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Comment by hylleddin on Notes From an Apocalypse · 2017-09-25T09:35:08.064Z · score: 1 (1 votes) · LW · GW

Mine also shows up indistinguished (I've noticed this a few other places on the site. And sometimes it is distinguished, but the line spacing is cramped). Firefox 54.0, Linux Mint 18.2

Comment by hylleddin on Lesswrong 2016 Survey · 2016-04-14T08:11:38.451Z · score: 9 (9 votes) · LW · GW

Oh right, I forgot this part. I have taken the survey (like two weeks ago)

Comment by hylleddin on 2014 Less Wrong Census/Survey · 2014-11-14T23:06:51.938Z · score: 22 (22 votes) · LW · GW

Survey Complete!

Comment by hylleddin on Look for the Next Tech Gold Rush? · 2014-07-24T06:59:48.057Z · score: 0 (0 votes) · LW · GW

Namecoin is an attempt to use a blockchain to implement a decentralized DNS. (It also has an associated cryptocurrency, but that's not the important part.) I know someone who is doing some domain squatting on this. I don't think it's particularly likely to take over the current DNS, but names are only a few cents.

Comment by hylleddin on Skills and Antiskills · 2014-05-01T04:51:25.013Z · score: 0 (0 votes) · LW · GW

Only when being good at a game increases your propensity to play it. In my personal experience I think that's been true for less than half the games I've played.

Comment by hylleddin on The Cryonics Strategy Space · 2014-05-01T04:27:35.179Z · score: 0 (0 votes) · LW · GW

I actually have a list of about ten of these, which I will happily make available on request (i.e. I’ll write another discussion post about them if people are interested) but I don’t want the whole discussion of this post to be about this one single issue, which it was when I tried the content of the post out on my friend. This is about the cryonics strategy-space only, not the living-forever strategy space, which is much bigger

I would like that, I am far more interested in the general live forever space.

Comment by hylleddin on What legal ways do people make a profit that produce the largest net loss in utility? · 2014-03-29T04:55:52.240Z · score: 0 (0 votes) · LW · GW

Any ecosystems which do not involve more suffering than pleasure shouldn't be exterminated, by that line of reasoning.

Comment by hylleddin on What legal ways do people make a profit that produce the largest net loss in utility? · 2014-03-29T04:46:15.194Z · score: 0 (0 votes) · LW · GW

I believe the question is about things that are currently being done, not potential ways to legally maximize utility loss.

Comment by hylleddin on Mental Subvocalization --"Saying" Words In Your Mind As You Read · 2014-02-17T09:10:05.703Z · score: 0 (0 votes) · LW · GW

Huh, same here, it was much easier than I expected. Elsewhere in the comments, buybuydandavis noted a distinction between 'hearing' and 'saying', and I think that's what's going on here, for me it least. I say what I'm counting, but mostly hear what I'm reading.

I can't read while listening to someone, so at least somewhat different things are going on between us.

Comment by hylleddin on Mental Subvocalization --"Saying" Words In Your Mind As You Read · 2014-02-17T09:07:16.569Z · score: 0 (0 votes) · LW · GW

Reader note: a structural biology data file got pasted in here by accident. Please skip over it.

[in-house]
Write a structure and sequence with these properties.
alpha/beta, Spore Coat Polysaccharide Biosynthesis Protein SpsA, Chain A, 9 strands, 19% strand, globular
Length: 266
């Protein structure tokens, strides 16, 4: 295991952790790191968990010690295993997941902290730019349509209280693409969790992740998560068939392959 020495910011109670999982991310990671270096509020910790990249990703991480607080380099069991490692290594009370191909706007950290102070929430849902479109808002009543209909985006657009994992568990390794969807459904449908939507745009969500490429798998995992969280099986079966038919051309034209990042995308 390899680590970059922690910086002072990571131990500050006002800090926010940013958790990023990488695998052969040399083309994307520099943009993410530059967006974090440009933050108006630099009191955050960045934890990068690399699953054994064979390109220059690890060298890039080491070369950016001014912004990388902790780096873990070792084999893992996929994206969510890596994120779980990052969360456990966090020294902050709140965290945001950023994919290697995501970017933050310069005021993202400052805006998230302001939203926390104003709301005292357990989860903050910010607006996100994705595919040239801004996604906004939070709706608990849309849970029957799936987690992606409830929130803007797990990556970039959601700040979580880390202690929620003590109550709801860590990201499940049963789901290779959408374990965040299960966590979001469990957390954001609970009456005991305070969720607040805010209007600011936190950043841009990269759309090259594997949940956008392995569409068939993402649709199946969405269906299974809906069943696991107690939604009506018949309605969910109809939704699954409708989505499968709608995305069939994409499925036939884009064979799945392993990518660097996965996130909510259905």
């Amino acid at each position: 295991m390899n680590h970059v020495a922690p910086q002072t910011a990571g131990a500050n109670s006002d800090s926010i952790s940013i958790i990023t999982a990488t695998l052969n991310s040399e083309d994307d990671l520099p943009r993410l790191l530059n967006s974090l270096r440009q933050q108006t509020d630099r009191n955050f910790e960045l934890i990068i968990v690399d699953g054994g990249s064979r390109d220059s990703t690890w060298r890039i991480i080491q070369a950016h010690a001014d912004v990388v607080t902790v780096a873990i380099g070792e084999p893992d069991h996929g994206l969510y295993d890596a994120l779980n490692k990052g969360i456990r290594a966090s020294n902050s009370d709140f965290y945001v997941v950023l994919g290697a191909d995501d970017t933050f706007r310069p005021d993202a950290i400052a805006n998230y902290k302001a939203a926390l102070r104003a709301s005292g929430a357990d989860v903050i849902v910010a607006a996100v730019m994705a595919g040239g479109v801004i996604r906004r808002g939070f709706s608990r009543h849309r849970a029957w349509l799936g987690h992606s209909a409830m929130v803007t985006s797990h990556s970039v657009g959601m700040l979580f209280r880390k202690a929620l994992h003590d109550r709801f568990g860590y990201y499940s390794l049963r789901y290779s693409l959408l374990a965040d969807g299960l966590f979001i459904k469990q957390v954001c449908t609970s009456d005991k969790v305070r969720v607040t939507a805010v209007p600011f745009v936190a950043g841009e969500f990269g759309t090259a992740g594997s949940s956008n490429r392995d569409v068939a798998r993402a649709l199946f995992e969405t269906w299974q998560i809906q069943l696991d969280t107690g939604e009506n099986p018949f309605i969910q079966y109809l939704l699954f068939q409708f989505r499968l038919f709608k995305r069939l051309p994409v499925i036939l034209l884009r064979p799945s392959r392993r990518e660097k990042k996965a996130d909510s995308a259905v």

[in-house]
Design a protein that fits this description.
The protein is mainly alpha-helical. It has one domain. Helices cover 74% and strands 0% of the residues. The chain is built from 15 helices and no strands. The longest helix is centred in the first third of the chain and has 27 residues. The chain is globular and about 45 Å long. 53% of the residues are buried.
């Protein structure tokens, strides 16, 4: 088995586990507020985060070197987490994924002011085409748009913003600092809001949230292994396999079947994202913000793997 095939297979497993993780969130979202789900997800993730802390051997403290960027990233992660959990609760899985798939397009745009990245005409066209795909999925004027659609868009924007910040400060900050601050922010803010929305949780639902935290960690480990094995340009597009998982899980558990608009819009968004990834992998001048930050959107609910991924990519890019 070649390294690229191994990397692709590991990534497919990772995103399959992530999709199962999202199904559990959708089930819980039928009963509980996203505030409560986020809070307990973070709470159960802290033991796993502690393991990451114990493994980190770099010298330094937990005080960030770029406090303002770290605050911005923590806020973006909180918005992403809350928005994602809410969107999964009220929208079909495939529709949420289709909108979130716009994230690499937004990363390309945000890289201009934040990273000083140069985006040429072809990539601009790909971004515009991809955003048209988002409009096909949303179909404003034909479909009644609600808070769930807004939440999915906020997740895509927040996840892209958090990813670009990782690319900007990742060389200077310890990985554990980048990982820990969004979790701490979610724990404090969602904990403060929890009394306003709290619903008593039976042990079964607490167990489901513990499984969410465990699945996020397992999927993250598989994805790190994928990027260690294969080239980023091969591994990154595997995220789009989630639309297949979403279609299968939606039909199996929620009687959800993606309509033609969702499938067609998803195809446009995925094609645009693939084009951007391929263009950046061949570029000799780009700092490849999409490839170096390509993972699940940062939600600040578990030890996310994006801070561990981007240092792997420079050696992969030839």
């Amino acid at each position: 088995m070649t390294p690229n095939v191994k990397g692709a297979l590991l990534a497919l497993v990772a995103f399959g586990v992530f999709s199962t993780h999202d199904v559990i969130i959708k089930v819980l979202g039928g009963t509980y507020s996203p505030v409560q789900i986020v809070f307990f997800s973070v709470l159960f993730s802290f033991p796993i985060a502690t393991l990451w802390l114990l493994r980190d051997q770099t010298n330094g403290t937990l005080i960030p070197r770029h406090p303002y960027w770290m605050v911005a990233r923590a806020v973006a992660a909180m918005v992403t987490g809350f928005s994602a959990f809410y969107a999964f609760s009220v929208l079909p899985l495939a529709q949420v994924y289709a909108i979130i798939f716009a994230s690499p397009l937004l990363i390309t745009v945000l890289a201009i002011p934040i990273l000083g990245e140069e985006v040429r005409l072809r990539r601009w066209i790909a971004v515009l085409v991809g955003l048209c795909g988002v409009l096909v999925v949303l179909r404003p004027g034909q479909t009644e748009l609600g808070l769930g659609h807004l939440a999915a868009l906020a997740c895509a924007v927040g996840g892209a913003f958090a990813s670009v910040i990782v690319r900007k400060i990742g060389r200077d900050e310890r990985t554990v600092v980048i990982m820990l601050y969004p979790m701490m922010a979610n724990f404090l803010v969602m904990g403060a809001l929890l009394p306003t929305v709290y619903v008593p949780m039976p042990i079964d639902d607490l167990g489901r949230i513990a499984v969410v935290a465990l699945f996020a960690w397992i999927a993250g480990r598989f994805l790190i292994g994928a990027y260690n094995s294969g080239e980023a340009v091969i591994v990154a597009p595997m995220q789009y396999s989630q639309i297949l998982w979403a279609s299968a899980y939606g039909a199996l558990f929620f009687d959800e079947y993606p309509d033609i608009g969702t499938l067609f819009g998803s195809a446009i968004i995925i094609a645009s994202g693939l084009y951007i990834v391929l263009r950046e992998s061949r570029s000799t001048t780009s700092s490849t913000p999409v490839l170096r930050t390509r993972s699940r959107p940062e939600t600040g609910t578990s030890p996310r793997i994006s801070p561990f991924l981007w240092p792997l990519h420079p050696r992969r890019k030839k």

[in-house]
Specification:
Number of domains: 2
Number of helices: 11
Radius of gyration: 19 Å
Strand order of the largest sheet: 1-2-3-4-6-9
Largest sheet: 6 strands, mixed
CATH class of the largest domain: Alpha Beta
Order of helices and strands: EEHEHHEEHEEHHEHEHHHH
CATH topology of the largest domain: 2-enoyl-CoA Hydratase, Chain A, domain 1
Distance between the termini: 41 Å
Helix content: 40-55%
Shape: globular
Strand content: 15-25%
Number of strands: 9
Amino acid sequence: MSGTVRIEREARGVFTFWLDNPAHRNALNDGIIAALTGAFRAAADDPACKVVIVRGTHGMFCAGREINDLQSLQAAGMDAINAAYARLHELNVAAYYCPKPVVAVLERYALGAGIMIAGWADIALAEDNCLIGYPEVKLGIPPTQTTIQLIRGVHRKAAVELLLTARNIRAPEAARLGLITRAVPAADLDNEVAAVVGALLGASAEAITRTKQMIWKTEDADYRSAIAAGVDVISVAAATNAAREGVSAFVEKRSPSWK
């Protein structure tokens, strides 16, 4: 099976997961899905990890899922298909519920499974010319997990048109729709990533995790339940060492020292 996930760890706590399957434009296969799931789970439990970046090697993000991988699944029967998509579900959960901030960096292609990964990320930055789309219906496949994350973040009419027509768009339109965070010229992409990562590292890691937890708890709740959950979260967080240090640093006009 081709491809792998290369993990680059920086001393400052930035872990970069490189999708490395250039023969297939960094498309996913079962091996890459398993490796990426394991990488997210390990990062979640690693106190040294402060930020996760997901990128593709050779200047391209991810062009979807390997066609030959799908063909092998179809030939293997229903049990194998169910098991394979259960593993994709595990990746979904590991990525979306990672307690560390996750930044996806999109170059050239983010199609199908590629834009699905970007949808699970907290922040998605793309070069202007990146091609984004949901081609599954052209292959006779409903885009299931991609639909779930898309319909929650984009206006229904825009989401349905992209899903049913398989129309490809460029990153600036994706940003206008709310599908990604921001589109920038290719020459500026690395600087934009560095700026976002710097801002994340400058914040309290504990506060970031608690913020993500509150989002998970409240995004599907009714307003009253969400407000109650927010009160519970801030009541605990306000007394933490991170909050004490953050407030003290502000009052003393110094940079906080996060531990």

My single datapoint says no. I almost always subvocalize, but get quite vivid pictures while reading.

Comment by hylleddin on Humans can drive cars · 2014-02-01T01:52:31.819Z · score: 3 (3 votes) · LW · GW

I live in a region of the US where they are only sort of enforced.

Comment by hylleddin on Humans can drive cars · 2014-02-01T01:16:13.938Z · score: 2 (2 votes) · LW · GW

In my experience people mostly ignore the speed limits and drive at whatever speed feels right for the circumstances. Speed limits might have a role in building peoples' intuitions, though.

Comment by hylleddin on Meetup : I moved to Portland! I want to meet you! · 2014-01-05T18:50:22.169Z · score: 0 (0 votes) · LW · GW

This is a link to the Google group which you can ask to join.

Comment by hylleddin on Online vs. Personal Conversations · 2014-01-04T02:37:54.629Z · score: 1 (1 votes) · LW · GW

If I take a minute to locate the right source for an argument that's completely fine for a discussion on Lesswrong and even IRC.

It's not fine for a live face to face conversation.

I think that depends on local norms. In one of my old social groups finding information online was practically expected. It helped that conversations were generally between four or five people, so there could be related tangential discussion while someone was looking something up.

Comment by hylleddin on Rationality Quotes December 2013 · 2013-12-22T23:40:12.875Z · score: 0 (0 votes) · LW · GW

Another interpretation is that "trans identity" is a symptom of a diseased mind and culture, whereas a normal and healthy understanding of gender would understand that it's simply the correct cultural roles assigned to each sex - either as part of a Schelling point necessitated by our need for roles and divisions of duty, or as part of inherent biological differences.

Until recently, there were a lot of trans people who had this interpretation of gender and the associated world-view, but just thought their minds had their identified gender's biological characteristics so they fit better there. See "Harry Benjamin Syndrome". Though I'll warn you that it mostly fell out of favor before the modern internet, so there isn't much information on it online.